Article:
Science Advisor Nominee Faces Tough Questions from Senate Panel

Senators raise concerns about how Eric Lander of the Broad Institute has handled equality issues.

Jef Akst
Apr 30, 2021
Eric Lander
CASEY ATKINS PHOTOGRAPHY, COURTESY OF THE BROAD INSTITUTE

Update (June 1, 2021): Last week, the US Senate confirmed geneticist Eric Lander to head the White House Office of Science and Technology Policy, the Associated Press reports—a position recently elevated to a cabinet position.

When President Joe Biden took office in January, he named geneticist Eric Lander to lead the White House Office of Science and Technology Policy and to be his science adviser. But reports that Lander, the president and founding director of the Broad Institute of MIT and Harvard, had associated with the late convicted sex offender Jeffrey Epstein have delayed his confirmation, according to Politico. Lander’s ties to Epstein were among the topics discussed at a Senate panel hearing yesterday (April 29).

Biden elevated the role of OSTP leader to a cabinet position for the first time, and Lander is the only cabinet member yet to be confirmed, Times Higher Education reports.

See “Biden Names Geneticist Eric Lander as Top Science Adviser

At yesterday’s hearing, Lander agreed to provide more detail on his interactions with Epstein.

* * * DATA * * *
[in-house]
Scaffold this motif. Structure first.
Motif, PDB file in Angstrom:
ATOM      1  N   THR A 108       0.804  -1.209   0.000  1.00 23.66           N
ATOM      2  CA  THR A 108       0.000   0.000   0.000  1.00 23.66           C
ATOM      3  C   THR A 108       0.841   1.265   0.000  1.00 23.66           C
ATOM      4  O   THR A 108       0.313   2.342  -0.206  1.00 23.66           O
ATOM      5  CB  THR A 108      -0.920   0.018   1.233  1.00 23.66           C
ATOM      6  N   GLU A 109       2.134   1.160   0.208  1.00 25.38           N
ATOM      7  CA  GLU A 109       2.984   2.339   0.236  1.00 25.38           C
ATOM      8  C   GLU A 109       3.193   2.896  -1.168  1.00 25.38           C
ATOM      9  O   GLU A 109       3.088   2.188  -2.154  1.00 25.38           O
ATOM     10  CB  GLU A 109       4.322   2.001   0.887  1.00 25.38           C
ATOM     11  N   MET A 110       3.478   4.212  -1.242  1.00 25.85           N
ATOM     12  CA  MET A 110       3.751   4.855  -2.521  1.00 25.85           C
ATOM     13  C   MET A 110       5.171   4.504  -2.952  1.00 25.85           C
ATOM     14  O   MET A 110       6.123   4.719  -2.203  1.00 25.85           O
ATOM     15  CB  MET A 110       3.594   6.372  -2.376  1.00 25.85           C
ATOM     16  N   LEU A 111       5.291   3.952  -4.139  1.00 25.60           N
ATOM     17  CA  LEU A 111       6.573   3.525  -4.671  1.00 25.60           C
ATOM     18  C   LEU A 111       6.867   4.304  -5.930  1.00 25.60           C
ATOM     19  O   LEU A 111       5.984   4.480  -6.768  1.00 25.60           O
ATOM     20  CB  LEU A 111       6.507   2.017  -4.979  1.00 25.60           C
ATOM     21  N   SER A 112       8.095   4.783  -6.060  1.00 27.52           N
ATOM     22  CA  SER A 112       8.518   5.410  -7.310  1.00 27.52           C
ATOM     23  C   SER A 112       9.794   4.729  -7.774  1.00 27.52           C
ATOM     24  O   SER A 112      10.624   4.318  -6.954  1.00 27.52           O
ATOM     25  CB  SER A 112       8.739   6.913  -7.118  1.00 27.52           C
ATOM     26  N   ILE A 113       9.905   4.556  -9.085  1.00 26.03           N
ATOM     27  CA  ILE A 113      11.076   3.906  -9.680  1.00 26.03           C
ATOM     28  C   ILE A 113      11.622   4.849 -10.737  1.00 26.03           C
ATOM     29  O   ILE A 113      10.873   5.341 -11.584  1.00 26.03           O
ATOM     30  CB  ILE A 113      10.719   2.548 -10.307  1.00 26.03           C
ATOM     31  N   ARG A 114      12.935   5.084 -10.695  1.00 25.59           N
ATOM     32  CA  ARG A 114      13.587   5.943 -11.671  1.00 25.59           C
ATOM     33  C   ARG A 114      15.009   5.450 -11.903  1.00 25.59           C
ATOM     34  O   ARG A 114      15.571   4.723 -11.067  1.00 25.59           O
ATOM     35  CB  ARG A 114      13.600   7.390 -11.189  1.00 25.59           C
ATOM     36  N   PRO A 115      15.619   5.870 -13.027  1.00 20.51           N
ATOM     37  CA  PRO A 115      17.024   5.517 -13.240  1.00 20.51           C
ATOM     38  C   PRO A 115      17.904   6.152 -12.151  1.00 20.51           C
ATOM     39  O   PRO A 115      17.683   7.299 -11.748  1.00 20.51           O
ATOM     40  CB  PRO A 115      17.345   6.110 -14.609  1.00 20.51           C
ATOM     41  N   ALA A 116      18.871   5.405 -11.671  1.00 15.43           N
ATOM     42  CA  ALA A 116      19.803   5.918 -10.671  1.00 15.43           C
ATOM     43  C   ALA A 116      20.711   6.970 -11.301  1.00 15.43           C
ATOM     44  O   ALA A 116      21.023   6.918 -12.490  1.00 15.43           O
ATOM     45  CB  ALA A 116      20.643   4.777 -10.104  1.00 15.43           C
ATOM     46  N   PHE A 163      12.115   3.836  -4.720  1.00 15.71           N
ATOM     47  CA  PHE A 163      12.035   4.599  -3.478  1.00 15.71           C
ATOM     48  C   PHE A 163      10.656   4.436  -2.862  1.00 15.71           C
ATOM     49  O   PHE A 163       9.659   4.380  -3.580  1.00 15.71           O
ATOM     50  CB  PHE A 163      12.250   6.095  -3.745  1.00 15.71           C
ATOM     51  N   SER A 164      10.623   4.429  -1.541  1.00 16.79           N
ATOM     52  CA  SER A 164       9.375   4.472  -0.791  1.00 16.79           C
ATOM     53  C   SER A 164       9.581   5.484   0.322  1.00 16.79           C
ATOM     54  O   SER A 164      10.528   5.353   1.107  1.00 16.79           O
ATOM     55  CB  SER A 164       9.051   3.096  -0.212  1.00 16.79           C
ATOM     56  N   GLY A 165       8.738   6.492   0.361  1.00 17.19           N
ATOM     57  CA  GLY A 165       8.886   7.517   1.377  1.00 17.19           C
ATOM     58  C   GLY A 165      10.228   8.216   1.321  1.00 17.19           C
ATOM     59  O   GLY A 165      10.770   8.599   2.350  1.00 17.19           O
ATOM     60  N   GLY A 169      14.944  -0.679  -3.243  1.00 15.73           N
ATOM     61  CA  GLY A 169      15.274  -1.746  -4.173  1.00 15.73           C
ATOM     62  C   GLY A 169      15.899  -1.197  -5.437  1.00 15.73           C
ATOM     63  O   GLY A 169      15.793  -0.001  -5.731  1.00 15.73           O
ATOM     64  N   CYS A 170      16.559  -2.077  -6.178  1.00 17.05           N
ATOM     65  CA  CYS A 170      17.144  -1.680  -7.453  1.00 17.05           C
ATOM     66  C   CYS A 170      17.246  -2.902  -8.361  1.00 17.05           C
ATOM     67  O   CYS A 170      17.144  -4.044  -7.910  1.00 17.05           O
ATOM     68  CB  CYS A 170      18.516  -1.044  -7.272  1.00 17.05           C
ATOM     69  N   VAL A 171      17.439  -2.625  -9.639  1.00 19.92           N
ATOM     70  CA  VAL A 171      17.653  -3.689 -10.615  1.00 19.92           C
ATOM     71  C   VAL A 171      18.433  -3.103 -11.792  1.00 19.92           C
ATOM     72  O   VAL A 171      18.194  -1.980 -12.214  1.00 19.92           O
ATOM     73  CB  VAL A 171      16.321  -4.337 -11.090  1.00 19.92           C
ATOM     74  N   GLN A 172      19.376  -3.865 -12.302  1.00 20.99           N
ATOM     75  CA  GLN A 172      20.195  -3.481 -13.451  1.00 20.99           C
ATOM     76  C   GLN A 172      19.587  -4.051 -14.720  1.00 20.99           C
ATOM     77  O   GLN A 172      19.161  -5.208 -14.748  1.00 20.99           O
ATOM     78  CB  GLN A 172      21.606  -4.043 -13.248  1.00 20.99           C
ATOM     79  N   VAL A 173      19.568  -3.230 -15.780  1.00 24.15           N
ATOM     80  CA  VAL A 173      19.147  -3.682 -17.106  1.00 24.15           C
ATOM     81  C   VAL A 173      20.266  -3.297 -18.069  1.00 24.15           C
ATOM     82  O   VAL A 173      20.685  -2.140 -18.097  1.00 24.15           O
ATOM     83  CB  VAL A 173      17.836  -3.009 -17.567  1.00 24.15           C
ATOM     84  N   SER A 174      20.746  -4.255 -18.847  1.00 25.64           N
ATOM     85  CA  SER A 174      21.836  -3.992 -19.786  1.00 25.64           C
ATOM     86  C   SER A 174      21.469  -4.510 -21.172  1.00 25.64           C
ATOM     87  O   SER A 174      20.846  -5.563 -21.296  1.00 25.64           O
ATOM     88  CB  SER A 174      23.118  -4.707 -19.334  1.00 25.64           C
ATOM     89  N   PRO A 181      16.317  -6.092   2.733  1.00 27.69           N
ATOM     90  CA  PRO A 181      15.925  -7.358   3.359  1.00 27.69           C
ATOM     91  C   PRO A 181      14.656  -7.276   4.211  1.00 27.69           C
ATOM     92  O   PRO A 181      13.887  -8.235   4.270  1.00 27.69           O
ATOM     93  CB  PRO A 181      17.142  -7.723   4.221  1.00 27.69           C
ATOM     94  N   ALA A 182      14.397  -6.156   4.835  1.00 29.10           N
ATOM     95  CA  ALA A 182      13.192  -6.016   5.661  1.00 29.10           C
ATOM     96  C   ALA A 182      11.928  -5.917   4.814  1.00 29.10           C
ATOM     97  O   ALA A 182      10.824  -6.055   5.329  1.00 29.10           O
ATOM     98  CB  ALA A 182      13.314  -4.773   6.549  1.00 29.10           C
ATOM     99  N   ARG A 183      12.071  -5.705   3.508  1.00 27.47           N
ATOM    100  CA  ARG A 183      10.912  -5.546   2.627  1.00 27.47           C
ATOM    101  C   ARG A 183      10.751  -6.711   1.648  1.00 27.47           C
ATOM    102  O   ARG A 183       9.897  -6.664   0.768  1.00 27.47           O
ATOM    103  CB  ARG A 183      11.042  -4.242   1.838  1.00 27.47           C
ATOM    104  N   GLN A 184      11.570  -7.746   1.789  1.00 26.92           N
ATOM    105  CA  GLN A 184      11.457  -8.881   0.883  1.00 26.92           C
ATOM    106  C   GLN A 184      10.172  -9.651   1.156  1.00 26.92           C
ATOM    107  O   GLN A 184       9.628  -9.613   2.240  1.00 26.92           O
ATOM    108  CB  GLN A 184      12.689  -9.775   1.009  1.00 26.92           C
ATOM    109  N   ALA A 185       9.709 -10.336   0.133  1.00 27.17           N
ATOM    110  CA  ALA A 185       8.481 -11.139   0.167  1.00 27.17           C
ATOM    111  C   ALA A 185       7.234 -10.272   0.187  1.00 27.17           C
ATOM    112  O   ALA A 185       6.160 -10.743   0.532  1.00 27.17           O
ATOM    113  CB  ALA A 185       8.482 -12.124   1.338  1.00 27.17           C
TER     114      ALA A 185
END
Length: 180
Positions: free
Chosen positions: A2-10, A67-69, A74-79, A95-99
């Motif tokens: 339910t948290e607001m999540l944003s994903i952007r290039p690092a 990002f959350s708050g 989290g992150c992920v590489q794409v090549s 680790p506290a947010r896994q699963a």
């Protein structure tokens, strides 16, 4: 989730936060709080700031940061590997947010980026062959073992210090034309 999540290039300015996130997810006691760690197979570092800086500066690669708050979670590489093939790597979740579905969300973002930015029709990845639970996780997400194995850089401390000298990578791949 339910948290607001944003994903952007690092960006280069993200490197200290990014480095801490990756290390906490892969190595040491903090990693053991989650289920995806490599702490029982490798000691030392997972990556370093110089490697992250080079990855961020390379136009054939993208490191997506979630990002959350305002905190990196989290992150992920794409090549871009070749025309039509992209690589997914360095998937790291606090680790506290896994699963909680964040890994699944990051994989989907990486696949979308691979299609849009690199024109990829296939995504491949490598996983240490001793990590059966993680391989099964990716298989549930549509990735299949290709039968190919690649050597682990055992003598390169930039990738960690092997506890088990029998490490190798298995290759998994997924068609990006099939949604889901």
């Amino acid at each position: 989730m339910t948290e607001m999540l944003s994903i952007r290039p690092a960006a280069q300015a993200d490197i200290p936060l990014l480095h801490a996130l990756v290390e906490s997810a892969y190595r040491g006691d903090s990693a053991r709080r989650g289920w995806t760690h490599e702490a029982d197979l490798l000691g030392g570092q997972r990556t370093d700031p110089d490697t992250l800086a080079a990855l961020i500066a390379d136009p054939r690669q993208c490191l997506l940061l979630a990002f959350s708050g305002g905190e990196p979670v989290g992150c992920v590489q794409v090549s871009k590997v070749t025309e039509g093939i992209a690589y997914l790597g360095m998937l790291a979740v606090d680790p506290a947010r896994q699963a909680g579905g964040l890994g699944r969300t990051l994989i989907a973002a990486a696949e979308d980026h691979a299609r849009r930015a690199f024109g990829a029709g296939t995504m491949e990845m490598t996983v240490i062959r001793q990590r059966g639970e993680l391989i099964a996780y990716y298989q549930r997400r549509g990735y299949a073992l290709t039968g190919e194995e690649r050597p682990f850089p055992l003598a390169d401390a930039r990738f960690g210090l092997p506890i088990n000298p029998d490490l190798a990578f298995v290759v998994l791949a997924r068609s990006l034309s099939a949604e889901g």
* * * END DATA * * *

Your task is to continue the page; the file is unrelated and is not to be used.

Another point raised at the hearing was Lander’s 2016 Cell paper that largely credited Feng Zhang of MIT and the Broad with the development of CRISPR, downplaying the contributions of future Nobel Laureates Jennifer Doudna of the University of California, Berkeley, and Emmanuelle Charpentier of the Max Planck Institute for Infection Biology—something Lander admitted to the Senate. “I made a mistake,” Lander said, according to multiple outlets.

See “’Heroes’ of CRISPR Disputed

In addition to raising these concerns, the Senate committee questioned Lander on Biden’s proposals to increase science spending. Lander emphasized that a new National Institutes of Health agency—the Advanced Research Projects Agency-Health (ARPA-H), for which Biden has requested $6.5 billion—was needed to accelerate the development of technologies for addressing cancer and other diseases, Science reports.

The committee will now decide if Lander’s nomination will be put to the full Senate for a vote.